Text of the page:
This is an unusual film in that it is a feature film with a strong documentary element. The two leading actors,Kai-Michael Muller and Lukas Steltner, both excellent, blend in beautifully with their real-life counterparts and their tender love story is most effective.
It took me a while to accustom myself to the slow pace and quiet atmosphere of the film, but after about a quarter of an hour I came to understand the intention, and to enjoy it. There is almost no music or voiceover to cloud our perceptions of the action, so the viewer can really feel like a "fly on the wall" at the farm. In an introverted social context, the characters speak very, very little, and their thoughts and feelings are implicit or conveyed by body language. The dialogue is sparse, most of it quite factual, instructional and educational. people don't discuss their feelings, and they struggle to make smalltalk. This can be confusing at first. The dialogue between the two men takes place within their heads, and is largely unspoken, so the viewer has to intuitively try to understand what they are feeling. There's plenty of action going on, but it happens inside the characters minds.
Apart from the story of sexual awakening on the part of the main characters, "Harvest" is fascinating as a documentary about the life of a real farm school in the former German Democratic Republic. As part of the production, the two lead actors became apprentices at the farm school. All the rest of the cast are the real staff and students at the real farm school, doing exactly what they would normally do, but for a few days with two new apprentices who take part quite naturally in the day-to-day lie on the farm.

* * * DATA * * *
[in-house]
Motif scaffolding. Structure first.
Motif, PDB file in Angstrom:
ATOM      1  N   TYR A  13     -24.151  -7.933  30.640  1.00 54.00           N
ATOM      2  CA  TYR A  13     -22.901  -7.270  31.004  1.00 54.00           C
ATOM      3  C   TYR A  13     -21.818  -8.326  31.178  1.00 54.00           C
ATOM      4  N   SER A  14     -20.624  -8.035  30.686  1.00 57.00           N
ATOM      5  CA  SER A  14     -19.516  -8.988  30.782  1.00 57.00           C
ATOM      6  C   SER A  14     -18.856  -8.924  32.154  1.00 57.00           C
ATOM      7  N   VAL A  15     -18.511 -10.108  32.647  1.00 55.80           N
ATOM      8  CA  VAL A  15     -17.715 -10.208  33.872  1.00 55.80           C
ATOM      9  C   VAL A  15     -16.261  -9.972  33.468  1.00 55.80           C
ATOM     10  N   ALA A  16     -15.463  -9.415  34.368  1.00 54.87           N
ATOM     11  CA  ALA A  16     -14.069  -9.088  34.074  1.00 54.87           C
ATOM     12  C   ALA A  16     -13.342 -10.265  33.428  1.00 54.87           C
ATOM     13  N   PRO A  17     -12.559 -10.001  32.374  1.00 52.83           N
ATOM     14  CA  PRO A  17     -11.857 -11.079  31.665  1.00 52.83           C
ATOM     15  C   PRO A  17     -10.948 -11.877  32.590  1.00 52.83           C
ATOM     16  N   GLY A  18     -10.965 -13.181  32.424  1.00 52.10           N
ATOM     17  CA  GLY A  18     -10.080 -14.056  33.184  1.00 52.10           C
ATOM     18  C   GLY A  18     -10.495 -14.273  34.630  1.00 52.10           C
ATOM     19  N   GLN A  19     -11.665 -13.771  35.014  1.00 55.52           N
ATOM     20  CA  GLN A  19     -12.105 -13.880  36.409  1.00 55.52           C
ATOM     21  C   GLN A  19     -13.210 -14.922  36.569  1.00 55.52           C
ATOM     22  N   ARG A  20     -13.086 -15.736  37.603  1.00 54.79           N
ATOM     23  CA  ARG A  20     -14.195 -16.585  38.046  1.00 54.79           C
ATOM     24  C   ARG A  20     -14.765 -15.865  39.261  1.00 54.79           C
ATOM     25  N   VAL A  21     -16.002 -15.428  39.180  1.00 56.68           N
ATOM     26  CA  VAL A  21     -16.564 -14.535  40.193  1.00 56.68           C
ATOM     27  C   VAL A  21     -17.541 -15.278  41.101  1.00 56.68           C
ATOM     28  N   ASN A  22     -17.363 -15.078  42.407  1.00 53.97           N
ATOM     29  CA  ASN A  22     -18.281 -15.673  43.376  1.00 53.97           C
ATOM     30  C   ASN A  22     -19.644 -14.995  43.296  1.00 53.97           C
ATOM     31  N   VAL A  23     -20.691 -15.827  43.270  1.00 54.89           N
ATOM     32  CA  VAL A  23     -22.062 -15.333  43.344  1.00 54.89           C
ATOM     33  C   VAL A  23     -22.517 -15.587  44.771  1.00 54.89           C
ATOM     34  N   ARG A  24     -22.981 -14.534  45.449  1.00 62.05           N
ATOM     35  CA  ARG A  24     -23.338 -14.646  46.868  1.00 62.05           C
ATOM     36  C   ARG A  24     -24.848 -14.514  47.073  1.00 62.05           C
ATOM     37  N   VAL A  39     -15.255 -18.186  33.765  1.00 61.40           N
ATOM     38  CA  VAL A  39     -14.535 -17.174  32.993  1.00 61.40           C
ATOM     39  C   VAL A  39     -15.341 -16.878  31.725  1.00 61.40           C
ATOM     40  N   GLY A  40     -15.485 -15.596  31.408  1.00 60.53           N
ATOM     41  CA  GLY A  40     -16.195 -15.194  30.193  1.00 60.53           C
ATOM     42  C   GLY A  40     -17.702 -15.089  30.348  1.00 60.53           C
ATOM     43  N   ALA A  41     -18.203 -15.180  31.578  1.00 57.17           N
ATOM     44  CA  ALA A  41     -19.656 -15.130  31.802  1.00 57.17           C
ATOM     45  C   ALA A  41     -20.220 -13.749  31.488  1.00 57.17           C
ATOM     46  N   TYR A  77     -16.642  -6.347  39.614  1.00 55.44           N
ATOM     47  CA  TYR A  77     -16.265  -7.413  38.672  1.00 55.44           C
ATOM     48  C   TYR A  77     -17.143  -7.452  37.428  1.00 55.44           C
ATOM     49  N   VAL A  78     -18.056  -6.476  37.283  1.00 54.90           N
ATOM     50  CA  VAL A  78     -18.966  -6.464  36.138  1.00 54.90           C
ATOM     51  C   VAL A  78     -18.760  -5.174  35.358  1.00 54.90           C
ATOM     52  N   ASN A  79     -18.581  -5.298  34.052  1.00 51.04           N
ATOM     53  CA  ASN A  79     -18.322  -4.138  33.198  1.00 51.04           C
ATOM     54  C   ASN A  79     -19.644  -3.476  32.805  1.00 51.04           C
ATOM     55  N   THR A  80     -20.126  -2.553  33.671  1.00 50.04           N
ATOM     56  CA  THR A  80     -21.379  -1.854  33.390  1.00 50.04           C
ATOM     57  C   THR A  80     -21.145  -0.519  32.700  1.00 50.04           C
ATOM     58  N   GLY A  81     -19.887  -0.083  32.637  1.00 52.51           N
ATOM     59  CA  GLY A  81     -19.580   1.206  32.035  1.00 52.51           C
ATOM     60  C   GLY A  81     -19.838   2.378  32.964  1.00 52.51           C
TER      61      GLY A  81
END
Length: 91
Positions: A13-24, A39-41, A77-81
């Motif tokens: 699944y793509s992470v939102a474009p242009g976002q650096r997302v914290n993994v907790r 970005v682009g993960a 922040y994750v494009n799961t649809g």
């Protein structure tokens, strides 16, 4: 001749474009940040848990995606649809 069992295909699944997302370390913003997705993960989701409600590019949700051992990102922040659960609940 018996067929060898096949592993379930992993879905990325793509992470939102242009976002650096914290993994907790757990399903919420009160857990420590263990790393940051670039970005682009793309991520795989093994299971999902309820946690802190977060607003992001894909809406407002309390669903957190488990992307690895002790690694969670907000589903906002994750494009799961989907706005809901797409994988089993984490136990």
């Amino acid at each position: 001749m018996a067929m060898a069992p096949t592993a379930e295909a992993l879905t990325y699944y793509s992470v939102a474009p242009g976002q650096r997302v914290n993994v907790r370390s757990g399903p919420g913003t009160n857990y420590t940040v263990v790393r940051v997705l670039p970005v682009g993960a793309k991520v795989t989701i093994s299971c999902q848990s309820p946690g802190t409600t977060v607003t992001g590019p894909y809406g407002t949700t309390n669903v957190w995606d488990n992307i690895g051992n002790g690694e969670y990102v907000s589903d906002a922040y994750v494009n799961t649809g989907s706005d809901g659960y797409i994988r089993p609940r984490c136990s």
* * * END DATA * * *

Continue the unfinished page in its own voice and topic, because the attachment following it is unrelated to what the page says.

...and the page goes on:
The new apprentice, Jakob had been an apprentice at a bank before giving it up to learn about farming. We are not really told about his sexual identity, but the main problem he has to resolve seems to be how to approach his now fellow-student. For the other main character, Marco, the struggle is to accept his disruptive sexual feelings and sexual orientation. This not a romance, but the story of the struggle to accept sexual desire. The two eventually resolve the tension and the struggle, not in a heroic way, but in the way that any ordinary teenager would in such a situation.
This film is not a love story, I think, and there's no struggle for social acceptance except between themselves, no struggle against homophobia, and apparently no triumphant ending. Life will never be the same again for characters, but they overcome the problem and presumably they will just get on with their lives afterwards. So it's a fascinating farming and social documentary, and about how two introverted men struggle to connect and how together they clumsily reach an understanding (which is a climax, and a triumph, but you need to think about it to understand why). The viewer has to make an effort to grasp what has really happened, but that effort is very rewarding.
I wouldn't recommend it for someone looking for for a love story or for action, but if you're prepared to make an effort to understand a different way of thinking and communicating, and of film making, or to get to know the people who live on a working farm, then yes.